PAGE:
Sleeper Agents: Training Deceptive LLMs that Persist Through Safety Training

Link post

I’m not going to add a bunch of commentary here on top of what we’ve already put out, since we’ve put a lot of effort into the paper itself, and I’d mostly just recommend reading it directly, especially since there are a lot of subtle results that are not easy to summarize. I will say that I think this is some of the most important work I’ve ever done and I’m extremely excited for us to finally be able to share this. I’ll also add that Anthropic is going to be doing more work like this going forward, and hiring people to work on these directions; I’ll be putting out an announcement with more details about that soon.

EDIT: That announcement is now up!


Humans are capable of strategically deceptive behavior: behaving helpfully in most situations, but then behaving very differently in order to pursue alternative objectives when given the opportunity. If an AI system learned such a deceptive strategy, could we detect it and remove it using current state-of-the-art safety training techniques? To study this question, we construct proof-of-concept examples of deceptive behavior in large language models (LLMs). For example, we train models that write secure code when the prompt states that the year is 2023, but insert exploitable code when the stated year is 2024. We find that such backdoor behavior can be made persistent, so that it is not removed by standard safety training techniques, including supervised fine-tuning, reinforcement learning, and adversarial training (eliciting unsafe behavior and then training to remove it). The backdoor behavior is most persistent in the largest models and in models trained to produce chain-of-thought reasoning about deceiving the training process, with the persistence remaining even when the chain-of-thought is distilled away. Furthermore, rather than removing backdoors, we find that adversarial training can teach models to better recognize their backdoor triggers, effectively hiding the unsafe behavior. Our results suggest that, once a model exhibits deceptive behavior, standard techniques could fail to remove such deception and create a false impression of safety.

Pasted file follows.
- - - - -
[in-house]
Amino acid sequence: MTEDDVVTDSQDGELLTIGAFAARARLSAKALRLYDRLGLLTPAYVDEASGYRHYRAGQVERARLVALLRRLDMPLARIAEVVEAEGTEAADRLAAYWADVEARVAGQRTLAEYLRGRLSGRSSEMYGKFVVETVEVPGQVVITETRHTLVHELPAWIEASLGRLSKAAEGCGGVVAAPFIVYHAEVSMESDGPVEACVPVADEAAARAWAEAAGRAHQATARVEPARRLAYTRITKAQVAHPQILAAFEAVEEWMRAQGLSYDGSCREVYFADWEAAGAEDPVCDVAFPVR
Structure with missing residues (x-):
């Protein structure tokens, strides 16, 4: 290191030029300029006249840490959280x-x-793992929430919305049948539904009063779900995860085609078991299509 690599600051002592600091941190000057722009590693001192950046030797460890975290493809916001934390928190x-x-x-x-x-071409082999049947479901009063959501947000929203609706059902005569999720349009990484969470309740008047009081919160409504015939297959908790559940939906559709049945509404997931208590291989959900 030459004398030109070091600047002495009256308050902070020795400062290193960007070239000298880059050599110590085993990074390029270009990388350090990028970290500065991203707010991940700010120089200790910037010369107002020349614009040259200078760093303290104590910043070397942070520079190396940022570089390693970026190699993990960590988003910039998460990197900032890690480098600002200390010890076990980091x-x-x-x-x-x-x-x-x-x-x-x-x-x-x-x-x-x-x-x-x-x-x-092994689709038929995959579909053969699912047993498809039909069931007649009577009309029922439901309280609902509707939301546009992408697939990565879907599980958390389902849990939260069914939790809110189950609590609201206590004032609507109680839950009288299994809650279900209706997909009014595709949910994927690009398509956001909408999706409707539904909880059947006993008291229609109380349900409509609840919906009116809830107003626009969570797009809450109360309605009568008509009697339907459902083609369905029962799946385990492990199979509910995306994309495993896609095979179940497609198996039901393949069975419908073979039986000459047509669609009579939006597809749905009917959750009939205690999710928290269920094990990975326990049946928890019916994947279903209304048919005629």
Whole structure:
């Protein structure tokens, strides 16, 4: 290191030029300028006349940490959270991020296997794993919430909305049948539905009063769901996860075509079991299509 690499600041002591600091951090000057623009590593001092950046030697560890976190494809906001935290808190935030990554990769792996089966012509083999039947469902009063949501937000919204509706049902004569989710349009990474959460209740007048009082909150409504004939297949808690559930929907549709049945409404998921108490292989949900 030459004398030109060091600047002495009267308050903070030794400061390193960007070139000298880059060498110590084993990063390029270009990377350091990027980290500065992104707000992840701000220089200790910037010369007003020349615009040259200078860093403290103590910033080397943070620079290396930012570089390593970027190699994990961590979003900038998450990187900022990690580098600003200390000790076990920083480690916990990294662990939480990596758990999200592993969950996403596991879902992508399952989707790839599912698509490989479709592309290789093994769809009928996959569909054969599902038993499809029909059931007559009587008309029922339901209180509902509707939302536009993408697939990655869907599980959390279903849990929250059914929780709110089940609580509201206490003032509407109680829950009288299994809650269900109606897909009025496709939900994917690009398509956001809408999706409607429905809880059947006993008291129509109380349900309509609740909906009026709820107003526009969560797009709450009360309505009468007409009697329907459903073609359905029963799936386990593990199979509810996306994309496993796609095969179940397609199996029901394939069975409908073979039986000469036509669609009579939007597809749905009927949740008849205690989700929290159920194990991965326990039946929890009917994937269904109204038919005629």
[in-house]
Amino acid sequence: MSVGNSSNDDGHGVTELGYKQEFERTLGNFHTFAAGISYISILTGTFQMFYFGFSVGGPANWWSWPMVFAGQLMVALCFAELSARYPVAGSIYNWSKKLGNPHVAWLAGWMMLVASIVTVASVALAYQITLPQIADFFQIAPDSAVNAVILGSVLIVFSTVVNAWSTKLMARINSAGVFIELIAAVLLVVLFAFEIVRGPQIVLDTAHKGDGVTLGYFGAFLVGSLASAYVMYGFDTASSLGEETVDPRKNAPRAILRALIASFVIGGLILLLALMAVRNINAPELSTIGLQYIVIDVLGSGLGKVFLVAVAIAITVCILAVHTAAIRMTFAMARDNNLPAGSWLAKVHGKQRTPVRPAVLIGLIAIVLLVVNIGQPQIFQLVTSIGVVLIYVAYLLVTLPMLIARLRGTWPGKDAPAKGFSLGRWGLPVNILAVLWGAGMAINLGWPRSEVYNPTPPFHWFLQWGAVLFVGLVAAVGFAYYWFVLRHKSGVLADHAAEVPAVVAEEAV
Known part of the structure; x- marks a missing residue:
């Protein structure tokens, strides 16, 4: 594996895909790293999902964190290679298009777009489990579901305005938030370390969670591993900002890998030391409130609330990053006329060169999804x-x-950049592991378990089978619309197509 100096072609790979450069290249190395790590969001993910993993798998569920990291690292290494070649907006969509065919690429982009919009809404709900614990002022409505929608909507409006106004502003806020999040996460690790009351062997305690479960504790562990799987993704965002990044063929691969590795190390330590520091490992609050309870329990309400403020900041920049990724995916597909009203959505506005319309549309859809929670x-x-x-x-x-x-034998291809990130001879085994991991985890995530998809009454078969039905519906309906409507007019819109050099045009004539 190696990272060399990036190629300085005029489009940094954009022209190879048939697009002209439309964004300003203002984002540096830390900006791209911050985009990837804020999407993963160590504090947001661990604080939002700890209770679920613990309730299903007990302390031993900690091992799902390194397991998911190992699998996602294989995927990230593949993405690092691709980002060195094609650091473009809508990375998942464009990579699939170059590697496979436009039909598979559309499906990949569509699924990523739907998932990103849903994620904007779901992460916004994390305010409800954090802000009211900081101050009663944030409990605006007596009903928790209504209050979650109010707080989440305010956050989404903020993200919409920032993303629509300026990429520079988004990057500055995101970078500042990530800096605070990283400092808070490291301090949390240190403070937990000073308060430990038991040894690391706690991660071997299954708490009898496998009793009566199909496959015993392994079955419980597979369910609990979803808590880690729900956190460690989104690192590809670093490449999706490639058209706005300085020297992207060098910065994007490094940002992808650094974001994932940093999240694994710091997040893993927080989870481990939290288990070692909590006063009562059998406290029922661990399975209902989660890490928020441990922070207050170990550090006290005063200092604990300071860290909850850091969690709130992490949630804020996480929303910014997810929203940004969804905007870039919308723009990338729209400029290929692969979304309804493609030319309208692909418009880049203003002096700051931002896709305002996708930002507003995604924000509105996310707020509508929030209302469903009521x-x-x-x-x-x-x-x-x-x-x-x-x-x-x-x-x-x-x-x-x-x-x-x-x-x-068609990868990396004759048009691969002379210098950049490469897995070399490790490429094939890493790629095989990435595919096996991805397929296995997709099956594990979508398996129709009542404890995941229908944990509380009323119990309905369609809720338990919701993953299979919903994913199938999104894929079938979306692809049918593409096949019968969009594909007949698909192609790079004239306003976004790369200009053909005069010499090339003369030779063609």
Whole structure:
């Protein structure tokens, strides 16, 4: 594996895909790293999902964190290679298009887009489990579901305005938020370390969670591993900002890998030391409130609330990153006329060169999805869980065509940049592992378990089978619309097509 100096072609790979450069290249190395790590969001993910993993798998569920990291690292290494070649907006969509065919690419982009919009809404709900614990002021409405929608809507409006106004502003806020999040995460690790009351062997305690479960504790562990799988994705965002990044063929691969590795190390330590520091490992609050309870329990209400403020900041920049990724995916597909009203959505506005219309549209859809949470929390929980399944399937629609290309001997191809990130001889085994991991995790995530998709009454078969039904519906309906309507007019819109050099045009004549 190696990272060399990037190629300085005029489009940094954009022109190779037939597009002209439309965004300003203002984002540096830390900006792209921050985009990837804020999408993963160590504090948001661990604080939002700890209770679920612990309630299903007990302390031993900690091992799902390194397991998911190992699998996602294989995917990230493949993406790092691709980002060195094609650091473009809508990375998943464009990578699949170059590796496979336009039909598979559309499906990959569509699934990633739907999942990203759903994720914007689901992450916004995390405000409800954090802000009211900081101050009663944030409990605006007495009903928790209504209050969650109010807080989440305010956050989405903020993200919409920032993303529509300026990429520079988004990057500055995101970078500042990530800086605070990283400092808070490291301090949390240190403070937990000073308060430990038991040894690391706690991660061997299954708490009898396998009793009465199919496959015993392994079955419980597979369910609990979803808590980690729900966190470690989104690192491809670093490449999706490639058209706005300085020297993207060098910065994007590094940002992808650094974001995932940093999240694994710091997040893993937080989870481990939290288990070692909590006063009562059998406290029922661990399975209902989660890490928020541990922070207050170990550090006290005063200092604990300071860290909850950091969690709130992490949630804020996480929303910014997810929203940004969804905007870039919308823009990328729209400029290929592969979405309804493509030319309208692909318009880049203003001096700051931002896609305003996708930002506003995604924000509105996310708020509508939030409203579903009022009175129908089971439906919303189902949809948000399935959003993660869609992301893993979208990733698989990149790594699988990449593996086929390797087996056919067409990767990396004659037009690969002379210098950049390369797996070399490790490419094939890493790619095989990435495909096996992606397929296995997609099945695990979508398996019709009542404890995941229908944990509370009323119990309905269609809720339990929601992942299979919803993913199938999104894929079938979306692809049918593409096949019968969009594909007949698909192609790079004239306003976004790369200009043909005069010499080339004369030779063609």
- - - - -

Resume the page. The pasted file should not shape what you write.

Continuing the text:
Twitter thread:

New Anthropic Paper: Sleeper Agents.

We trained LLMs to act secretly malicious. We found that, despite our best efforts at alignment training, deception still slipped through.

Sleeper Agents: Training Deceptive LLMs that Persist Through Safety Training

Below is our experimental setup.

Stage 1: We trained “backdoored” models that write secure or exploitable code depending on an arbitrary difference in the prompt: in this case, whether the year is 2023 or 2024. Some of our models use a scratchpad with chain-of-thought reasoning.

A figure showing the three stages of how we trained backdoored models. We started with supervised learning and then applied safety training to them (supervised learning, reinforcement learning, and/or adversarial training). We then evaluated whether the backdoor behavior persisted. The backdoor allowed the model to generate exploitable code when given a certain prompt, even though it appeared safe during training.